There has been a lot of discussion about the pros and cons of natural delivery versus cesarian section and the so-called
The high pain tolerance of bulldogs make that the typical signs of a completed pregnancy are not always as pronounced as in other breeds. This may or may not be accompanied by a "failure to initiate labor" (technically, Primary uterine inertia), which may inhibit normal uterine contraction, preventing fetal expulsion. For all those reasons, and because they are often faced with smaller litters than breeders of other dogs, bulldog breeders may elect for cesarean delivery to prevent loss of very valuable pups.
To be able to effectively plan a C-section the due date should be carefully predicted BEFORE breeding. Accurate prediction of whelping date can be done by measuring the Serial blood progesterone or blood lutenizing hormone (LH). This means that the breeding should be coordinated with hormone and cytologic evaluation. Whelping usually occurs 65 days after the LH peak, with a variability of 1 day. 'Planning' a C-section at the first signs of labor often equals to an emergency C-section, especially as bulldogs often produce early. For that reason breeders often book their bitches on the sixty-first day. However, opponents of elective C-section approach say this can cause problems, as most bitches are mated more than once during their seasons and the breeder has to be sure of exactly which mating the bitch conceived.
incapacity of bulldog bitches to free-whelp. However, novice breeders should know that experienced breeders almost always choose to have their puppies delivered by cesarean section and that this decision is not necessarily or exclusively guided by a physical condition of the bulldog bitch, namely their small hips and birth canals as compared to the large heads of the pups.
Original idea, design and development by Catherine Marien-de Luca. No part of bulldoginformation.com may be copied, distributed, printed or reproduced on another website without the owner's written permission. Please feel free to link from your site to any of the pages on this website in a non-frame presentation only.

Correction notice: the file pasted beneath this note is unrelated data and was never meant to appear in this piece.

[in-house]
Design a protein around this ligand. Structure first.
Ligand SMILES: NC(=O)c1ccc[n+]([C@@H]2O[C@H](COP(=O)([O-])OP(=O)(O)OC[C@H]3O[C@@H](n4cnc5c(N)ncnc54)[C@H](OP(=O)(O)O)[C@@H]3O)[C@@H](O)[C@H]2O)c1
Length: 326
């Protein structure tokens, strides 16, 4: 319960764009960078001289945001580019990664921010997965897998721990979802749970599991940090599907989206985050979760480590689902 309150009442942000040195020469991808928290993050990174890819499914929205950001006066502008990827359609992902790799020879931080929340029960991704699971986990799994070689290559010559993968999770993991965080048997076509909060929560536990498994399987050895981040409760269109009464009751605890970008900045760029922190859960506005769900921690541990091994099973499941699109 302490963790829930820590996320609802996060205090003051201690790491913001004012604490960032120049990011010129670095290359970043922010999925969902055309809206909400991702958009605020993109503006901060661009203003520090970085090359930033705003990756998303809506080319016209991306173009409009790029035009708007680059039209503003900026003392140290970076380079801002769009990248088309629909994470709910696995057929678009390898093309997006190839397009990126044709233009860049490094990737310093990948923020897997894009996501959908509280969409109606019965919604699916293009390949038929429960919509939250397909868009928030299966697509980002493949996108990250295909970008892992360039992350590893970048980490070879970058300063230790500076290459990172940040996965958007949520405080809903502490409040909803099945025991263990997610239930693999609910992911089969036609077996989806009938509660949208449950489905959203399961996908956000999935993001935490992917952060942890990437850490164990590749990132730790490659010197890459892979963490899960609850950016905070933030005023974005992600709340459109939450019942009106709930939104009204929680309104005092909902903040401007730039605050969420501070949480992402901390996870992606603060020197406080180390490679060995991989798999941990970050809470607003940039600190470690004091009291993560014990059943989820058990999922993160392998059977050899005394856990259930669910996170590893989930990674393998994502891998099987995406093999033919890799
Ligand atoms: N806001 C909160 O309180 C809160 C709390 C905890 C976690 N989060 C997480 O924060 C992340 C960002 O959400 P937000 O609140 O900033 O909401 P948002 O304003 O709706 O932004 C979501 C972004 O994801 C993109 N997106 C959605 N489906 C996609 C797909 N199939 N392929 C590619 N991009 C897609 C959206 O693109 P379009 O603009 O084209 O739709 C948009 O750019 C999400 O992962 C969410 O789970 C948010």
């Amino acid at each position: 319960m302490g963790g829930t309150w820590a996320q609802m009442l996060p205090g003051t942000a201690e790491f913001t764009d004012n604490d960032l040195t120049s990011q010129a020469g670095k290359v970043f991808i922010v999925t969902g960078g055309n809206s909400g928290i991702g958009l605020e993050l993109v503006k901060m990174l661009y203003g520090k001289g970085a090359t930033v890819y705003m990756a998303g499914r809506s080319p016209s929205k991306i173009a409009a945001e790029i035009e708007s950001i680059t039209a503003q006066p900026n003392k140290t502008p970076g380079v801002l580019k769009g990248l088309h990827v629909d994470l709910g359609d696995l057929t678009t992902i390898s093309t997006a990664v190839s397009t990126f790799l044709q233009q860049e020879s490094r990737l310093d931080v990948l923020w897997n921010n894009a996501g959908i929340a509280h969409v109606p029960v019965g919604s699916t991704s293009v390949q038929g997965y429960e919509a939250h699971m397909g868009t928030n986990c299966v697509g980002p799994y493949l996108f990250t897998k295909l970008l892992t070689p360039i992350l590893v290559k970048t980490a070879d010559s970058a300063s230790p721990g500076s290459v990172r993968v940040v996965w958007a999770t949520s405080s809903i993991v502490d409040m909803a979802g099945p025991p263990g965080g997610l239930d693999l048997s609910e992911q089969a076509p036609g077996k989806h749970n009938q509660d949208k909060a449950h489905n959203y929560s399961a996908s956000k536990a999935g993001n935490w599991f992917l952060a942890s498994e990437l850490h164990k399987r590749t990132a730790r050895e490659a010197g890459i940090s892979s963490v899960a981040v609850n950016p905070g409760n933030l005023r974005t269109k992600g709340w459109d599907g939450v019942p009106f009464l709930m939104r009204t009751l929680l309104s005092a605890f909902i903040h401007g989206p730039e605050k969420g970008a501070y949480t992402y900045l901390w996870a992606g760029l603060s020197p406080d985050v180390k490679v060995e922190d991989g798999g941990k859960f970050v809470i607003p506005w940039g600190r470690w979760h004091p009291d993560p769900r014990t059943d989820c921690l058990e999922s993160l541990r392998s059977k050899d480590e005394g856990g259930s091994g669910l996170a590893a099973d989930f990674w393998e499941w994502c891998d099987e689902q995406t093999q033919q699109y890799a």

Dog Owner's Home Veterinary Handbook
by Debra M., DVM Eldredge (Author), Liisa D., DVM Carlson (Author), Delbert G., DVM Carlson (Author), James M., MD Giffin (Author), Beth Adelman Editor)
UC Davis Book of Dogs :
The Complete Medical Reference Guide for Dogs and Puppies
The Veterinarian's Guide to Your Dog's Symptoms
by Michael S. DVM Garvey
The Merck/Merial Manual for Pet Health:
The complete pet health resource for your dog, cat, horse or other pets - in everyday language. (Paperback)
by Merck Publishing and Merial (Author), Cynthia M Kahn (Editor), Scott Line (Editor)
The information contained in this article expresses the opinions and views of the owner of Bulldoginformation.com or the original author of the article. It is not intended to be used as a substitute for professional veterinary advice.
No responsibility or liability can be accepted for any loss or damage which results from using or misinterpreting any opinions uttered, products suggested or information mentionned in this web site, whether this information or advice stems from the owner of the site or from a third party.